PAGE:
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Both the U.S. Occupational Safety and Health Administration and the Mine Safety and Health Administration are operational and fully funded through Sept. 30, but the Chemical Safety and Hazard Investigation Board is essentially shut down due to the government shutdown.
During a two-day shutdown in January 2018, OSHA’s staff was reduced to 372 employees out of nearly 2,000 and MSHA placed roughly half its employees on furlough, according to a memo dated Jan. 19, 2018, from the U.S. Department of Labor’s Solicitor. But both agencies are fully funded for the first nine months of 2019 under this year’s budget appropriation, according to the department.
Companies need to be aware that OSHA is not sitting on the sidelines during this government shutdown, and that “by essentially every measure OSHA is doing more enforcement than it did at the end of the Obama administration,” said Eric Conn, founding partner of Washington, D.C.- based law firm Conn Maciel Carey LLP.
However, the agency’s stepped-up enforcement efforts could change if an assistant secretary of labor for occupational safety and health is finally approved by Congress when the shutdown ends, he said. The stalled nomination of Scott Mugno has left a leadership void at OSHA, with the agency unable to embark on or advance major regulatory initiatives, according to experts.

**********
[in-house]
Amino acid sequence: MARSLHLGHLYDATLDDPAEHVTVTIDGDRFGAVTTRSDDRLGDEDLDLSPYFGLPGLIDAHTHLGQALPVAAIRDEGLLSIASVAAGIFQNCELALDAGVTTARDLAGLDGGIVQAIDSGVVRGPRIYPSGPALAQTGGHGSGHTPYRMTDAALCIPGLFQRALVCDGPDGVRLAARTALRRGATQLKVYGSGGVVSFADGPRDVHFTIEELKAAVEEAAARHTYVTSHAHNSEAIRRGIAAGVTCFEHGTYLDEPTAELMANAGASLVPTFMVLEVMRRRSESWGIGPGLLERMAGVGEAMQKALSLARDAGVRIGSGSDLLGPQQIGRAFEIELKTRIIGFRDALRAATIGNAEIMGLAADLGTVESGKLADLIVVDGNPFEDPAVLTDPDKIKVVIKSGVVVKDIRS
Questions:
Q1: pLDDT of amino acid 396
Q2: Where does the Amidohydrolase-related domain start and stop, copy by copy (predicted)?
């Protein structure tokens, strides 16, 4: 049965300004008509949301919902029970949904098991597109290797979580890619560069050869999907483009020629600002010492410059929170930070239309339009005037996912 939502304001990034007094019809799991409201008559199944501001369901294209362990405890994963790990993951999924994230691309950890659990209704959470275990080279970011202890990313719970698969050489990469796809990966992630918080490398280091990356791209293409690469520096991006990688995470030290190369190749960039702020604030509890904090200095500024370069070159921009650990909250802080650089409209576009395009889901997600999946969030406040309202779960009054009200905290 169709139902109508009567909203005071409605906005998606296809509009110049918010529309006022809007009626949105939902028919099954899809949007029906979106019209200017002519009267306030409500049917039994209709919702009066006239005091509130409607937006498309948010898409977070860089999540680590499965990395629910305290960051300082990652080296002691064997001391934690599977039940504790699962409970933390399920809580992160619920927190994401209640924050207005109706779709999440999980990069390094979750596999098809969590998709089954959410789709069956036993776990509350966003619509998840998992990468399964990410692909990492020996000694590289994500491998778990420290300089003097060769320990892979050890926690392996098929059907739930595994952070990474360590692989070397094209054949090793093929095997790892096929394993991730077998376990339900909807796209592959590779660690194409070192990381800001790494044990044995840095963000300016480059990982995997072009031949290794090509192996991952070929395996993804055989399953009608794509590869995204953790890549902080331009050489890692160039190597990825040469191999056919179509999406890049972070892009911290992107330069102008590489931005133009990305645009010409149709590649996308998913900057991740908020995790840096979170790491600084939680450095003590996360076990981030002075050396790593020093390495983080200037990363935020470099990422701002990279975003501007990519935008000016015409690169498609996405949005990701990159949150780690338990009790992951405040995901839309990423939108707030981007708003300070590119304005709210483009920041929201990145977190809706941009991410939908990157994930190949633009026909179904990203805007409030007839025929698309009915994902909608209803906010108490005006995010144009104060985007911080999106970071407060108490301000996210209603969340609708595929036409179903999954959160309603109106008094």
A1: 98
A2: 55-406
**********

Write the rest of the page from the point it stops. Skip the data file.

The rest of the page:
At the CSB, which investigates chemical accidents at industrial facilities and makes recommendations to OSHA, about 95% of the agency’s staff is furloughed, and all current investigations have been suspended, said Thomas Zoeller, CSB’s senior advisor. The few remaining staffers are monitoring situations and would decide on what kind of deployment the agency could undertake if a serious incident occurs during the shutdown, he said.
“We’re just very hopeful that a resolution will be quickly made, and we can resume operations as soon as possible,” Mr. Zoeller said.
The National Flood Insurance Program received a reprieve when it was retroactively reauthorized last week as part of a resolution to reopen the federal government, but even the brief lapse highlighted the significant consequences for risk managers of the program’s expiration.